Gender and Judging at the International Criminal Court


Chappell, Louise. 2010. “Gender and Judging at the International Criminal Court.” Politics & Gender 6 (3): 484-95.

Author: Louise Chappell


Imagine this: a court presided over by a majority of women judges--many of whom are from racially marginalized backgrounds--and which has a "constitution" that has gender justice at its core. Incredibly, given what we know about gender and judging cross-nationally, this is not some utopian vision but the current reality at the International Criminal Court (ICC). As of May 2010, the 18 member ICC bench consisted of 11 women judges, most of whom were from outside the West and many of whom have expertise in gender-based violence. This development raises a range of important questions, two of which I want to speculate on in the following discussion: How is it that the sex profile of the ICC bench differs so dramatically from domestic-level courts? What difference might this profile make to the transformation of international law in terms of expanding gender justice principles?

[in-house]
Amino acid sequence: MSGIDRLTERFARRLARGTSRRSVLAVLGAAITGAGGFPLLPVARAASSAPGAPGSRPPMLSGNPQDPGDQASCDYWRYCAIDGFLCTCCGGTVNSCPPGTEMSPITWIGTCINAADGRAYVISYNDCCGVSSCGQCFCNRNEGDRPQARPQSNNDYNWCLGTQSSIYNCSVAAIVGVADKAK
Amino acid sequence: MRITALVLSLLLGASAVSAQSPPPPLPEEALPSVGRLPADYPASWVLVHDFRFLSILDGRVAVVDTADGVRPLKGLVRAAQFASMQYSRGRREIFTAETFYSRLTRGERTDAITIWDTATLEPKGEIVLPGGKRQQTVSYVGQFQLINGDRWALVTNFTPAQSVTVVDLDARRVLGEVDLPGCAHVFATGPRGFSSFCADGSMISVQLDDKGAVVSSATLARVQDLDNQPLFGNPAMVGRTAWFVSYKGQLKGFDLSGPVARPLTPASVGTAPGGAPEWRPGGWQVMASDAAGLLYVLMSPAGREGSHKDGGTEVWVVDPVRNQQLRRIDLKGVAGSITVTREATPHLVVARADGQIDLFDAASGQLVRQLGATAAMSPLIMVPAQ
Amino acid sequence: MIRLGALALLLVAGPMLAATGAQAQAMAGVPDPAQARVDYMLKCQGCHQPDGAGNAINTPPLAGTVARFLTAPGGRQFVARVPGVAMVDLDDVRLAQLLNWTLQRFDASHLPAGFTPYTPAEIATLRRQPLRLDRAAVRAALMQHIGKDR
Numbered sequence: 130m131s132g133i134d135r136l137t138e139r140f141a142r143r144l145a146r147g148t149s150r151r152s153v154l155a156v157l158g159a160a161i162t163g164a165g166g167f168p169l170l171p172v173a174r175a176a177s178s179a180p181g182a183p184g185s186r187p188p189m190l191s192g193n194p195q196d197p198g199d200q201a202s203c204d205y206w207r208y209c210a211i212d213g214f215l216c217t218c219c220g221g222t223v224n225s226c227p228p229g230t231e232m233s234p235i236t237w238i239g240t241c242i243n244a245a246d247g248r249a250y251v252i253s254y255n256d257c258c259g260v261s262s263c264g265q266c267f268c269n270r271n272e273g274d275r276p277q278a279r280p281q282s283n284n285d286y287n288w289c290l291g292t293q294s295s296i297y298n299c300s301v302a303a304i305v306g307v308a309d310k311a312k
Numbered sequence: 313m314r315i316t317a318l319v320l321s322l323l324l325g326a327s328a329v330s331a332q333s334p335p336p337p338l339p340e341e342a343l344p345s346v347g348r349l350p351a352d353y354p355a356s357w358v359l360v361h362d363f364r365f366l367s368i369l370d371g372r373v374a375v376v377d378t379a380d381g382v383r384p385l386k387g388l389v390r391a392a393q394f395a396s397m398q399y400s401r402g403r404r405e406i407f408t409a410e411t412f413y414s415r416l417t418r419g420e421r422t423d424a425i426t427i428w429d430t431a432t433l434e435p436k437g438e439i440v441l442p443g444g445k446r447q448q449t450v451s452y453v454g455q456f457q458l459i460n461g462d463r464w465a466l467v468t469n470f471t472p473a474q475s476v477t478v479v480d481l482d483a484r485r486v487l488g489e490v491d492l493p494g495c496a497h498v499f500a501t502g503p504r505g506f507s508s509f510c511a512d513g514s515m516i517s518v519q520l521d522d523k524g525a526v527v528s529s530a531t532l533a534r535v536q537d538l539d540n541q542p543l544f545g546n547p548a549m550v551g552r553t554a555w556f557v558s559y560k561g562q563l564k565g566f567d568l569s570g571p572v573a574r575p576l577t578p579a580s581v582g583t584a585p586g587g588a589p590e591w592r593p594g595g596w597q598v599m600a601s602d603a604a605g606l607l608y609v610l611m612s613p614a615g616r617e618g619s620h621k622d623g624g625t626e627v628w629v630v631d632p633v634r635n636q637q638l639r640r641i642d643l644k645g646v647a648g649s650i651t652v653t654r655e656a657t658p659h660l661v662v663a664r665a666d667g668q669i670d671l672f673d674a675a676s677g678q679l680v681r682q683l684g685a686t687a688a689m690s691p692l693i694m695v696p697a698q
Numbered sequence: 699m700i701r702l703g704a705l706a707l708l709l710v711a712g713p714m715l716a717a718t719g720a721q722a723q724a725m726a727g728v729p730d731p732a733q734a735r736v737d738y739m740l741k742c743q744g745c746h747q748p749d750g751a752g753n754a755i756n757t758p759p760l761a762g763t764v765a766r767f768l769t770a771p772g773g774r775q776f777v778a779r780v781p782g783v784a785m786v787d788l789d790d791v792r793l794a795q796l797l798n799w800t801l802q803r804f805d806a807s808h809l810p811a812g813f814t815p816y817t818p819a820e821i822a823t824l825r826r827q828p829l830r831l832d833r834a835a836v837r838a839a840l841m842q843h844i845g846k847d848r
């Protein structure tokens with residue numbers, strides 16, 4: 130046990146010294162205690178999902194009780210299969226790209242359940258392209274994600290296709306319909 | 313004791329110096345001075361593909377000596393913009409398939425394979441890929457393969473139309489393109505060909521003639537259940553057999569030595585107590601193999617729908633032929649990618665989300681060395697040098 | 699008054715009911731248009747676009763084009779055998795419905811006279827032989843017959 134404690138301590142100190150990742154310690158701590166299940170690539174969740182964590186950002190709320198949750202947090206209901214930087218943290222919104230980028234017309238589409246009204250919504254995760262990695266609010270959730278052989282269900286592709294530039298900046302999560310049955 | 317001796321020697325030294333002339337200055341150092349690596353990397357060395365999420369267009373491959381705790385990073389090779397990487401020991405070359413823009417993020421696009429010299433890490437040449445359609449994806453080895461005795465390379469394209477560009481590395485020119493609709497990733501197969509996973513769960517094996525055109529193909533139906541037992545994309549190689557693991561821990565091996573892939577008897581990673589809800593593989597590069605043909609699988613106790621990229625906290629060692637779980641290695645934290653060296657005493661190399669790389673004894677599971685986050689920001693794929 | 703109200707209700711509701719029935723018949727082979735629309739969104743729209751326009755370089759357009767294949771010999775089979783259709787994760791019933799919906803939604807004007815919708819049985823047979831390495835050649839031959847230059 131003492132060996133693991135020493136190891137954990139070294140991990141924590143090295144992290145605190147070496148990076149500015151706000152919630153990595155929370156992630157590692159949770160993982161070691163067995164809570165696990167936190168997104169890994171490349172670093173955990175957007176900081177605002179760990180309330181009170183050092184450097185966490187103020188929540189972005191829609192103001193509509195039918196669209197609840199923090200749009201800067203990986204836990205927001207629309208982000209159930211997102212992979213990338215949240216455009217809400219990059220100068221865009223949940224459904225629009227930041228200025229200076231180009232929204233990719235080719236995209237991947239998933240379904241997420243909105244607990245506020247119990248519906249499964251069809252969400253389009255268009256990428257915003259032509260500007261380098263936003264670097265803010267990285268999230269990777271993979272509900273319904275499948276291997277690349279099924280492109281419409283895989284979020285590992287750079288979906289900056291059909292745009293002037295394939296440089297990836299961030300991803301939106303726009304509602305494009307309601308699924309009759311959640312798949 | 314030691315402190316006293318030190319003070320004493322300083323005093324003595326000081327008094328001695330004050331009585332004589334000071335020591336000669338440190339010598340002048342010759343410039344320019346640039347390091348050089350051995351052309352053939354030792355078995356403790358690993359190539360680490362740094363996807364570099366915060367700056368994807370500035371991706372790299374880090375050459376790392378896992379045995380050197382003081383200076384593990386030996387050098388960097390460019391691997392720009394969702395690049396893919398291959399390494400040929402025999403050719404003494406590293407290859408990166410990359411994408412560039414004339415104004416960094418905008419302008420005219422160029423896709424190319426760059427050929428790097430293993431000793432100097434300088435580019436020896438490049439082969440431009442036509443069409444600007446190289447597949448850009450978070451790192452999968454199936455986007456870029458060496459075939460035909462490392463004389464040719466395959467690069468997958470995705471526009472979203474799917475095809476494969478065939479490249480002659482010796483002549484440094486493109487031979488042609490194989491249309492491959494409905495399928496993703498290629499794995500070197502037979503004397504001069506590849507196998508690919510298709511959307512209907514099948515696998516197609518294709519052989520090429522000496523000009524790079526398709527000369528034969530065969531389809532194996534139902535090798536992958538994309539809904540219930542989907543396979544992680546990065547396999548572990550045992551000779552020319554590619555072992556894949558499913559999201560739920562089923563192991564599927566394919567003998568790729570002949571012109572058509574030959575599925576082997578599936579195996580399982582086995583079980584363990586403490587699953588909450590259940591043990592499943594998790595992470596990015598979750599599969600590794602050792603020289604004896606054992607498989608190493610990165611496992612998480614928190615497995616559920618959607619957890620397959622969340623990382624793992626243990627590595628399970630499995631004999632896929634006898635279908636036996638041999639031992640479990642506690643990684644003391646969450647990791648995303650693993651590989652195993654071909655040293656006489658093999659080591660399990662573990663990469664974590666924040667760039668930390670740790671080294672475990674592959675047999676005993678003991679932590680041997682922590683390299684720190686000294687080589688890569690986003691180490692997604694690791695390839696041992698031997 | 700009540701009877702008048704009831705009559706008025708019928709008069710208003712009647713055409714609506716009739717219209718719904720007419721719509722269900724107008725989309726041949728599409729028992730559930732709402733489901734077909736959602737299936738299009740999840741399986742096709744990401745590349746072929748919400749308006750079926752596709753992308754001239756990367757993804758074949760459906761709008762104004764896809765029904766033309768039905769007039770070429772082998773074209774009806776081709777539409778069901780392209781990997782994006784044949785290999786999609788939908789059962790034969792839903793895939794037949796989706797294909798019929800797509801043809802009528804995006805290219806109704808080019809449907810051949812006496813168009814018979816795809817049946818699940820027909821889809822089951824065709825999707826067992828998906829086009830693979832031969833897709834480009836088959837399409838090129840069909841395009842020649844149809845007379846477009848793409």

Topics: Gender, Women, Gender-Based Violence, Gendered Power Relations, Gender Equality/Inequality, Gender Equity, Governance, Post-Conflict Governance, International Law, International Criminal Law, International Human Rights, International Humanitarian Law (IHL), International Organizations, Justice, International Tribunals & Special Courts, Transitional Justice, War Crimes, Peacebuilding, Post-Conflict, Rights, Women's Rights

Year: 2010

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